Wednesday, March 09, 2005
Ladies and gentlemen: please welcome Mr. Sidney Blumenthal, who has kindly consented to introduce your next ambassador to the U.N.:
In the heat of the battle over the Florida vote after the 2000 US presidential election, a burly, mustachioed man burst into the room where the ballots for Miami-Dade County were being tabulated, like John Wayne barging into a saloon for a shoot-out. "I'm with the Bush-Cheney team, and I'm here to stop the count," drawled John Bolton. And those ballots from Miami-Dade were not counted.Yes, we know that last quote is frustratingly vague. We did, however, read the entire piece, and we are sad to report that Mr. Helms never does specify on which side we should expect, when Armageddon comes, to find him and Mr. Bolton fighting.
Now that same John Bolton has been named by President Bush as the US ambassador to the UN. "If I were redoing the security council today, I'd have one permanent member because that's the real reflection of the distribution of power in the world," Bolton once said. Lately, as undersecretary of state for arms control, he has wrecked all the nonproliferation diplomacy within his reach. Over the past two decades he has been the person most dedicated to trying to discredit the UN. George Orwell's clock of 1984 is striking 13 . . . .
At the state department, Bolton was Colin Powell's enemy within. In his first year, he forced the US withdrawal from the anti-ballistic missile treaty, destroyed a protocol on enforcing the biological weapons convention, and ousted the head of the Organisation for the Prohibition of Chemical Weapons. He scuttled the nuclear test ban treaty and the UN conference on the illicit trade in small arms and light weapons. And he was behind the renunciation of the US signature on the 1998 Rome statute creating the international criminal court. He described sending his letter notifying the UN secretary general, Kofi Annan, as "the happiest moment of my government service" . . . .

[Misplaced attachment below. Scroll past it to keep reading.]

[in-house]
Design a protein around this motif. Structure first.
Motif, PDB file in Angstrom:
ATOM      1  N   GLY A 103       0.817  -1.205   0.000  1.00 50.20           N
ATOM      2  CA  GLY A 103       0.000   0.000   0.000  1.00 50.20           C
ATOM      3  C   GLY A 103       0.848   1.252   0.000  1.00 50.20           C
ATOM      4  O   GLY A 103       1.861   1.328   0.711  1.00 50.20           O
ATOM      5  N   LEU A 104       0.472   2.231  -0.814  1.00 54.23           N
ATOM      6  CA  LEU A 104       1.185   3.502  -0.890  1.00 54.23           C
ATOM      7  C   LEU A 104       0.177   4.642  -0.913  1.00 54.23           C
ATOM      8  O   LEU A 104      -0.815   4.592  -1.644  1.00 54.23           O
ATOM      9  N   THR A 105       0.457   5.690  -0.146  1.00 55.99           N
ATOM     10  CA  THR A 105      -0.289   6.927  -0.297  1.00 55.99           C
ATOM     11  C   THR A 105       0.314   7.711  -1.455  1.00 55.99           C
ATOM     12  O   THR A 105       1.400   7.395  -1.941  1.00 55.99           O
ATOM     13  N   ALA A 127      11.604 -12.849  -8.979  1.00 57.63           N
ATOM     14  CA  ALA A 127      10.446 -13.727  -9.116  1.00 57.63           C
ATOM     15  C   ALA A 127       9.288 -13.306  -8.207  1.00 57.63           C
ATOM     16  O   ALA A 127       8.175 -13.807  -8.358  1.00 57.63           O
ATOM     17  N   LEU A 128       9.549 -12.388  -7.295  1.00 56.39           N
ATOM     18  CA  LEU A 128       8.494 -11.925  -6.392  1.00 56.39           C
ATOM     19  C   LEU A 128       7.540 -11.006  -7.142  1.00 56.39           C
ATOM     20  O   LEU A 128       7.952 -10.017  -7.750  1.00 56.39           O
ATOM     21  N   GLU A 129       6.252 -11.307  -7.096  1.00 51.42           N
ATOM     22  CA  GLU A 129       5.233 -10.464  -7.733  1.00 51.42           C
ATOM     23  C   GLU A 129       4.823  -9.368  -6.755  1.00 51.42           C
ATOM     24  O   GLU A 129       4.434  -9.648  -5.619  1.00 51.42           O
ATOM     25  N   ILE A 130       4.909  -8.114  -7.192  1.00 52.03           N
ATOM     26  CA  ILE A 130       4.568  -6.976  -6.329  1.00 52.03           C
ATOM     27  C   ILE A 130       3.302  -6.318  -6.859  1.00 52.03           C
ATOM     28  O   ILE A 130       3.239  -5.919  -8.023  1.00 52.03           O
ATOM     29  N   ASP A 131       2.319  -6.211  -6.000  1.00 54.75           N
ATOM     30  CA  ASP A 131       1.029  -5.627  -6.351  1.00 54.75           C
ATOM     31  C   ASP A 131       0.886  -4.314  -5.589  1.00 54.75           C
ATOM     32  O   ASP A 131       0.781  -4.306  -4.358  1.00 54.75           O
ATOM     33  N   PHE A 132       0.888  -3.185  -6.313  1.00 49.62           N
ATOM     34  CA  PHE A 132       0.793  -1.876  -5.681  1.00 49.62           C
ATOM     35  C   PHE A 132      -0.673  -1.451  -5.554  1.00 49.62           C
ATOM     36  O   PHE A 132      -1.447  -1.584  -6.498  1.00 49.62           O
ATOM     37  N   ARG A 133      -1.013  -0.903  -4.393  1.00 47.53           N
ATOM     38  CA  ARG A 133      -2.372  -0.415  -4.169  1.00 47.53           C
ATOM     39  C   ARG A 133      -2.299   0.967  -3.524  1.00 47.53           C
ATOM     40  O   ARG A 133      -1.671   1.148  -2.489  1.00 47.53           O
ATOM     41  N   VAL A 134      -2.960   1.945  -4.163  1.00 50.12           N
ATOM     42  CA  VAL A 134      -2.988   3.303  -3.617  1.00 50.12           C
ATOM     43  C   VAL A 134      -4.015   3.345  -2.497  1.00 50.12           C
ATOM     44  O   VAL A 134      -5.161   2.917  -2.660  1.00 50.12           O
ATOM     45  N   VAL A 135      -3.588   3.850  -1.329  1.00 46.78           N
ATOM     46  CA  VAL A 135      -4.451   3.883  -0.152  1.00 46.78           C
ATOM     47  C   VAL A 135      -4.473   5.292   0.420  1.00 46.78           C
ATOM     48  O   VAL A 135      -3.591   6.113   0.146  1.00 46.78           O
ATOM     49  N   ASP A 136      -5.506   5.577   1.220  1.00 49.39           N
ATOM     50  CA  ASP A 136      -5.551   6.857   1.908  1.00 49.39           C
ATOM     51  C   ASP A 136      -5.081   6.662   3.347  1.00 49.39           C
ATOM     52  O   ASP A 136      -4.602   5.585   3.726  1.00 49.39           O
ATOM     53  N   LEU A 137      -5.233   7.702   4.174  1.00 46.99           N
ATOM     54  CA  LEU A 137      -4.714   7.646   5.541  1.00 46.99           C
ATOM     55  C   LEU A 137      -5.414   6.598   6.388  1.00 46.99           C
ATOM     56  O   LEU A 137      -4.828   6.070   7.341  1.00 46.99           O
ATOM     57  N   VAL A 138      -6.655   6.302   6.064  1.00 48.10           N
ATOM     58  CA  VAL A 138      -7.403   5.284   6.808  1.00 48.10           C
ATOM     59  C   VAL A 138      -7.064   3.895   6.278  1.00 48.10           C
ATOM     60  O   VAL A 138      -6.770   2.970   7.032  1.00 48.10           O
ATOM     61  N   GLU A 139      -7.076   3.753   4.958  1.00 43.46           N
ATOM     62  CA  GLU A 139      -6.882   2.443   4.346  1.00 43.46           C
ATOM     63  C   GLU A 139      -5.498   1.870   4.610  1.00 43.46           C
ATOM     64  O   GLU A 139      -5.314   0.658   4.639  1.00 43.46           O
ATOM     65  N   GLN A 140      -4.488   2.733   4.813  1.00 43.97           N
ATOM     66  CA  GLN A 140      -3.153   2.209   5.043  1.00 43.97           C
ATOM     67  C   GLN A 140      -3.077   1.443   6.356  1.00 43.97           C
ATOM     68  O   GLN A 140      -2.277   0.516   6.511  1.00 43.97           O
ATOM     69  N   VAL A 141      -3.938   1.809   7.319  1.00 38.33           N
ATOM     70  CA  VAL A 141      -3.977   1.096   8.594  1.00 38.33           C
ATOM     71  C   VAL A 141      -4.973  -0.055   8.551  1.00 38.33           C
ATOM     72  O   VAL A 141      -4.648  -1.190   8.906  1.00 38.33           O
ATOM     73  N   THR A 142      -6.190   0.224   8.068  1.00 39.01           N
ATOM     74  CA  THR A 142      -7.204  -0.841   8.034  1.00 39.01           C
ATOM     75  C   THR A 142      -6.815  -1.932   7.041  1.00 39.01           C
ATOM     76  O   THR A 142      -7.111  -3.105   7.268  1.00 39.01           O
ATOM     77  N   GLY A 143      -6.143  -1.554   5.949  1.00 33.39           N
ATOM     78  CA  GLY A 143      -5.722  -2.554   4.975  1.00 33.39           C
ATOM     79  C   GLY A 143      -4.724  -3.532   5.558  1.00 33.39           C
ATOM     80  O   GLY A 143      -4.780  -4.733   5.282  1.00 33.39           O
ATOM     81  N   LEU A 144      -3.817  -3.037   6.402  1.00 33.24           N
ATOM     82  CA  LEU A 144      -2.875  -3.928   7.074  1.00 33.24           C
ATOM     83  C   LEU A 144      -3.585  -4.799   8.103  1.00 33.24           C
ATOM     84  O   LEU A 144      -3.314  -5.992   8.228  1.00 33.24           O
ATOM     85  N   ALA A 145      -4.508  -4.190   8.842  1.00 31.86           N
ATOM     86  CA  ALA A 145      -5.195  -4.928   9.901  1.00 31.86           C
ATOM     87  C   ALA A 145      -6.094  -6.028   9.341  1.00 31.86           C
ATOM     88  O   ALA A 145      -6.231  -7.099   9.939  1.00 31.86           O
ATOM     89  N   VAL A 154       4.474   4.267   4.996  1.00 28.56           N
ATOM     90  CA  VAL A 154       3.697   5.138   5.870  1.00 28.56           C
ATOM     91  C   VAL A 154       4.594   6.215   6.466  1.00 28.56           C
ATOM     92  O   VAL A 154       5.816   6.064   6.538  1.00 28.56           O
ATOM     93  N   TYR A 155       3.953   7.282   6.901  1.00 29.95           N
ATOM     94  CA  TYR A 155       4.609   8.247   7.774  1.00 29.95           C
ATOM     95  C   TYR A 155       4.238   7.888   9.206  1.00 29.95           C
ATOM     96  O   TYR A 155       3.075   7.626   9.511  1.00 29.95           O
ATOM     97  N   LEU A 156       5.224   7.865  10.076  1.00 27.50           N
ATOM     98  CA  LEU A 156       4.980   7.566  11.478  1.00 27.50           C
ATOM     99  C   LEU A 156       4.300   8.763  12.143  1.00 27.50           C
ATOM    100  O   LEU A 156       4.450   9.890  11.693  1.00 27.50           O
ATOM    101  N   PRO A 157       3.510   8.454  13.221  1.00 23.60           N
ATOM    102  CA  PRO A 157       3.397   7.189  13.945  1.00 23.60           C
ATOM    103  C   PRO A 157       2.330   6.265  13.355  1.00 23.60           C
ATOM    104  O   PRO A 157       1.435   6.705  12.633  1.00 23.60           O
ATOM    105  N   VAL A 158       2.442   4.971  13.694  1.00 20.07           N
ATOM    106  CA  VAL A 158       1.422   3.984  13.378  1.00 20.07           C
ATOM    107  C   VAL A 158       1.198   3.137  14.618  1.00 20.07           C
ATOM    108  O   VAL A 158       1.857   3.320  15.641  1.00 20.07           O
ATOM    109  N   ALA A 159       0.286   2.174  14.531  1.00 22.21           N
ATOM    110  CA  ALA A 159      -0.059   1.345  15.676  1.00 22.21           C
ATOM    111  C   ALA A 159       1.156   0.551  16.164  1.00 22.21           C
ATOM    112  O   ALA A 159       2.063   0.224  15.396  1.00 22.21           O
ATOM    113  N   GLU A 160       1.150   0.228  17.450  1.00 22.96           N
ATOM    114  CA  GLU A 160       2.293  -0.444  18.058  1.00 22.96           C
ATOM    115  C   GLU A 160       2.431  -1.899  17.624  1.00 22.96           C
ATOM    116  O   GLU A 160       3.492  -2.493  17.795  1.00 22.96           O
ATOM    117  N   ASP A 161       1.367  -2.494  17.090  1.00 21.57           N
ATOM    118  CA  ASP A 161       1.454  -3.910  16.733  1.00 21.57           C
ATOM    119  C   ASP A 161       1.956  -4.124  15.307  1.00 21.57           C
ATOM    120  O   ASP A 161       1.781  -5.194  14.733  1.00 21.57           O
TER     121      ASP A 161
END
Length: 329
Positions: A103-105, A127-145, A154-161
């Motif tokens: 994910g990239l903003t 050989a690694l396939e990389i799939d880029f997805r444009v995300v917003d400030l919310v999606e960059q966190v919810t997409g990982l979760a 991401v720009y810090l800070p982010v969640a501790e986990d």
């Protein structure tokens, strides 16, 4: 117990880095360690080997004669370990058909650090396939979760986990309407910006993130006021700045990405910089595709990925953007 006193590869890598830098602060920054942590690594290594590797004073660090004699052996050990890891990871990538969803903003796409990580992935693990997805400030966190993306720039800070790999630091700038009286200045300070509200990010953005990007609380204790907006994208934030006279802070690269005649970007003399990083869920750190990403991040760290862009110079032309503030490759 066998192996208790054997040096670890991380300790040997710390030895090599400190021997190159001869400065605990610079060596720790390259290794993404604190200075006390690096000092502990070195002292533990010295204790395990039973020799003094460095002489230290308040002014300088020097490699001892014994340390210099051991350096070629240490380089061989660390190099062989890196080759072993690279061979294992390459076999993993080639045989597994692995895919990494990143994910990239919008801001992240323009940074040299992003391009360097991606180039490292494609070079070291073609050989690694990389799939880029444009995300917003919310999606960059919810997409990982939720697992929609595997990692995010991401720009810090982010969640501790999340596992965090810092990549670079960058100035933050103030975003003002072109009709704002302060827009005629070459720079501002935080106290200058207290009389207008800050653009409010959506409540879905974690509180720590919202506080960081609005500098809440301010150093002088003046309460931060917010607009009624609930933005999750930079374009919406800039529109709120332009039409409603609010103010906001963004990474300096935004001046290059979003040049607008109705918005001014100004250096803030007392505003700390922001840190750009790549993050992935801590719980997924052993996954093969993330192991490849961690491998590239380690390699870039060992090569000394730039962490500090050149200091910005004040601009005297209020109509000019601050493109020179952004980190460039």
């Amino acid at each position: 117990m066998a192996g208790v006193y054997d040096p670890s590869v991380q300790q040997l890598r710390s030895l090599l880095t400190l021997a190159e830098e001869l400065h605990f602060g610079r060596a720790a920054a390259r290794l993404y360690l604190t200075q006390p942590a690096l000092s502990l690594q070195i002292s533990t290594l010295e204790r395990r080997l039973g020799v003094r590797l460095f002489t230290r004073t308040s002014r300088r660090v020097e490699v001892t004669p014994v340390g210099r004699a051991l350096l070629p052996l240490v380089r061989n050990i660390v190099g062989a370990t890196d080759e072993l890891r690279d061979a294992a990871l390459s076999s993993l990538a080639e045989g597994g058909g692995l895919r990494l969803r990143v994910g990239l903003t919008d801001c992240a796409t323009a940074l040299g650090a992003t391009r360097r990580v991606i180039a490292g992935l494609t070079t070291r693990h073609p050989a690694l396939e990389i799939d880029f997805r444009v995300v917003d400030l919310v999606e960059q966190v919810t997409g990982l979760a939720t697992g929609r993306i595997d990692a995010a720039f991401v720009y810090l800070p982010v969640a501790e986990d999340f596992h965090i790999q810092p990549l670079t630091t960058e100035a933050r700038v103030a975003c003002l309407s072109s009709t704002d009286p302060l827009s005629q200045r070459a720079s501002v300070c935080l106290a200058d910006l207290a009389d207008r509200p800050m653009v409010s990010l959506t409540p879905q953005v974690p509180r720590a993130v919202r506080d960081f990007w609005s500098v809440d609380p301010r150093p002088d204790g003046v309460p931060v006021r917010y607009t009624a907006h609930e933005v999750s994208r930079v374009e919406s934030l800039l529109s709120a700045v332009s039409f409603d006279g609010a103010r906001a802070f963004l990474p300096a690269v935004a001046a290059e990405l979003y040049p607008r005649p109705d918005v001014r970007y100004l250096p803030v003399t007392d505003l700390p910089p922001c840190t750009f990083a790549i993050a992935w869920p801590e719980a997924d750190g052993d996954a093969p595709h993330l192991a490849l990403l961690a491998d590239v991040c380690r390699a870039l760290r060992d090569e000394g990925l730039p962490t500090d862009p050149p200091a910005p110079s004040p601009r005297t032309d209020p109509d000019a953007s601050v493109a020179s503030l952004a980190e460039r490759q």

Bolton is an extraordinary combination of political operator and ideologue. He began his career as a cog in the machine of Senator Jesse Helms of North Carolina, helping his political action committees evade legal restrictions and federal fines. Helms, the most powerful reactionary in the Senate, sponsored Bolton's rise to Reagan's justice department. "John Bolton," Helms said, "is the kind of man with whom I would want to stand at Armageddon, or what the Bible describes as the final battle between good and evil."